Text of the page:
Andrew & Wendy’s Experience
One boating couple who installed a Heritage Range Cooker on their boat are Andrew & Wendy. We find out why they chose Heritage, how it works for heating and cooking, and how a range cooker has improved their houseboat living.
What was it that made you move from a house to a houseboat?
We were a pretty typical family of four. Myself, my wife Wendy and two grown children. Much of our life had revolved around Cambridge, from ballroom dancing to our religious activities. To move to Cambridge seemed the obvious thing but the cost of housing was prohibitive. There was no way we could afford it, so the idea was shelved. Our two children left home and married at the end of 2008. Suddenly we were “empty nesters” and hatched the plan to sell the house and live on a widebeam barge moored on the River Cam in Cambridge. I had spent 20 years doing up the house and it was perfect in every way. As well as being an electrical and mechanical engineer I relished the challenge of fitting out a boat to live on board.
What options did you consider when looking at cooking and heating?
Firstly, I would say I never envisaged I could get cooking, heating, and hot water from the same appliance. The boat was delivered as a shell, and I’ve fitted everything myself. This means, as we were living on board from day one, in a tent!
So, the water system went in quickly which included a 75litre stainless steel, twin coil calorifier. One coil is connected to the engine which heats it when running. The other coil was connected to a Mikuni diesel night heater a few months later but initially we used the 1KW immersion heater when stationary. The Mikuni eventually was running underfloor heating in the Bathroom and galley and a radiator in the forward cabin. We cooked on a camping stove running off LPG from day one until 2015 when we bought the Heritage.
When we fitted the kitchen, I left a 600mm wide gap for a good quality LPG cooker when it came to the top of the triage list. The Mikuni boiler proved unreliable, noisy, and expensive to keep running; so, a rethink was necessary. We have a multi-fuel stove in the saloon which is open plan with the galley, and this was something we enjoyed using and wanted to keep. Electric was out of the question as a liveaboard boat by necessity has to limit its large electrical loads. I needed a new, robust, reliable diesel fired boiler to run heating and hot water, but LPG was begrudgingly still on the cards for cooking.
Was the safety side of LPG something that concerned you?
Yes. A boat has to have a Boat Safety Certificate renewed every 4 years and the biggest part of that process is gas safety! Every year you read about boats catching fire due to LPG leaks. I had seen Heritage Uno models on upmarket narrowboat fit outs at boat shows but didn’t look any further thinking they wouldn’t have a model suitable or affordable for my vessel.
You chose a Heritage Compact boiler model, why this one?
The Compact gave larger cooking capacity, and we had the room available. We spoke to Heritage, perused their website, and visited the showroom in Liskeard. When we considered one appliance could deal with cooking, heating, and hot water the idea became eminently affordable. As our boat is a VAT free vessel Heating South West helped us reclaim the VAT paid on the cooker making it even better value. We chose the Compact Duette. This model has two pressure jet burners which gives us control over heating and cooking as separate functions. Also having two hotplates makes stovetop cooking easier too. We simply had to modify the kitchen units to allow an extra 240mm to fit the compact rather than a 600mm LPG cooker.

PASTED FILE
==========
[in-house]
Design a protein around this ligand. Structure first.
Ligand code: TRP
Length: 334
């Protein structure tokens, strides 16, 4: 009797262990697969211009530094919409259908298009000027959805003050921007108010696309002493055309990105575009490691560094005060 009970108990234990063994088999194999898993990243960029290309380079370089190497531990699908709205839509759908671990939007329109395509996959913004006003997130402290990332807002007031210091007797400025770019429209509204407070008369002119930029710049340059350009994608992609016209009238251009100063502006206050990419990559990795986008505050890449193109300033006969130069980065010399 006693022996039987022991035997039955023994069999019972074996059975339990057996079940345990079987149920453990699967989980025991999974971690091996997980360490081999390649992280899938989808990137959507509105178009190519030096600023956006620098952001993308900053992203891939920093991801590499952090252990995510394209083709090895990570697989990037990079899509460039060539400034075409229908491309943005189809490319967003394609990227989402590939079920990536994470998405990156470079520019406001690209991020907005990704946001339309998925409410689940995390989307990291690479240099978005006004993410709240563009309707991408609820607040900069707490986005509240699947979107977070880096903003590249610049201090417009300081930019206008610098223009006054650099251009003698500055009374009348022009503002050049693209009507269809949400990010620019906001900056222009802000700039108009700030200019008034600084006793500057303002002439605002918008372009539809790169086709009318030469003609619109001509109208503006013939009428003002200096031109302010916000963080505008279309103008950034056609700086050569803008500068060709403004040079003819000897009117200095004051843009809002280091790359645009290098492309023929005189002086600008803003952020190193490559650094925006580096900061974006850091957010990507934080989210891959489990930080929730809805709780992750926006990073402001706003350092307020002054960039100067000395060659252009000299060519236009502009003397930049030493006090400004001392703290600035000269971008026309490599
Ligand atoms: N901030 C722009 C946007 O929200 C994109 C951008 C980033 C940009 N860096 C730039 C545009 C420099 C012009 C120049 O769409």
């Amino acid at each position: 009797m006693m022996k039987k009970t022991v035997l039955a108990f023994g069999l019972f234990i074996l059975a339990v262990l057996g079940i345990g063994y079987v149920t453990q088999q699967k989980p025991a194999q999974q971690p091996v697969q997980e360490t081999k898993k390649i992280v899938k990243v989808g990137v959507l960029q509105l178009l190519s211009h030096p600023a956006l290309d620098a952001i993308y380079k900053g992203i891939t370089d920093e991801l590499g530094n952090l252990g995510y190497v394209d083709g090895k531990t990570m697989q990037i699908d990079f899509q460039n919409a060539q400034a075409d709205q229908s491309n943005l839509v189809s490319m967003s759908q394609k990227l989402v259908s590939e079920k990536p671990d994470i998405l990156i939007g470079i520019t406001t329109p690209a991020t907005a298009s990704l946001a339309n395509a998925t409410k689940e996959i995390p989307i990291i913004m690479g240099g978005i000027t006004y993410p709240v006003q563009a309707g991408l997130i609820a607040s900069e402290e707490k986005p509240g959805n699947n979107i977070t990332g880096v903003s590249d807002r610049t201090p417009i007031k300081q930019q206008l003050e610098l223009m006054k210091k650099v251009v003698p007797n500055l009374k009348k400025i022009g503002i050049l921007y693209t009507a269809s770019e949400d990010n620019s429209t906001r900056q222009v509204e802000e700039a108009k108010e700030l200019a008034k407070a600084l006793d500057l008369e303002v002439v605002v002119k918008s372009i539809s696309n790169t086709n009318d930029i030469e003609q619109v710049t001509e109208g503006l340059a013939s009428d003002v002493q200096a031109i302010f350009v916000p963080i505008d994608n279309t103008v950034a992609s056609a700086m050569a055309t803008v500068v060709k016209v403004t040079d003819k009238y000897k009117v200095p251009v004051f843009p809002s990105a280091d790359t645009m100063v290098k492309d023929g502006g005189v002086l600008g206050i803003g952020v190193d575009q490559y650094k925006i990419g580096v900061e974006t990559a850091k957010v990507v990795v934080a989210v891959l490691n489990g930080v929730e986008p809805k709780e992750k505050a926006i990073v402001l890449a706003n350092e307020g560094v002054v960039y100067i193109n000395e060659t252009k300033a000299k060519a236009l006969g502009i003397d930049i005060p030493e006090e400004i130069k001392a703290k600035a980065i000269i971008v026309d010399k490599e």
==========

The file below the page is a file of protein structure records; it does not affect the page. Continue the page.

How much planning went into getting the cooker installed into your boat?
Being an engineer, I research, plan, and figure all things out well in advance. The cooker is positioned against the stern bulkhead, so is near the fuel tank and adjacent the cupboard containing the electrical input and controls. The deckhead (roof) is 5mm steel with insulation and internal board finish. There are 50mmx50mm square tube structural bearers every 400mm, so the flue had to be dog legged to avoid one of these. Boats by their very nature have to be well ventilated and this is a key element of the BSC. The Heritage is interesting as it draws its air from outside via flexible hoses with external louvered vents, so doesn’t need more open ventilation into the cabin. Heritage delivered the cooker, broke it down into its constituent parts, moved it into position and rebuilt it ready for me to install and make the flue, electrical and water connections.
What does the Heritage control?
Underfloor heating in the galley and bathroom, one radiator in the forward cabin, and a 75 litre calorifier for hot water.
Would you recommend looking at a Range Cooker in general?
Our boat is 70×12 feet and weighs more than 35 tonnes without the cooker. We obviously had the room and weight carrying capacity available. As it does so much for us in one appliance it really is the answer to our needs.
How has your experience been with Heritage Range Cookers?
Our experience with Heritage is what I would expect when buying a premium heating cooking product. We visited the showroom in Liskeard. They have loads of cookers on show and were helpful and knowledgeable in assisting us to make our choice. Servicing is available and excellent for keeping the cooker running reliably and efficiently.
We chose British Racing Green with a black top. It looks beautiful and never fails to impress visitors. However, the real joy is cooking and keeping warm reliably. Basically, we love it!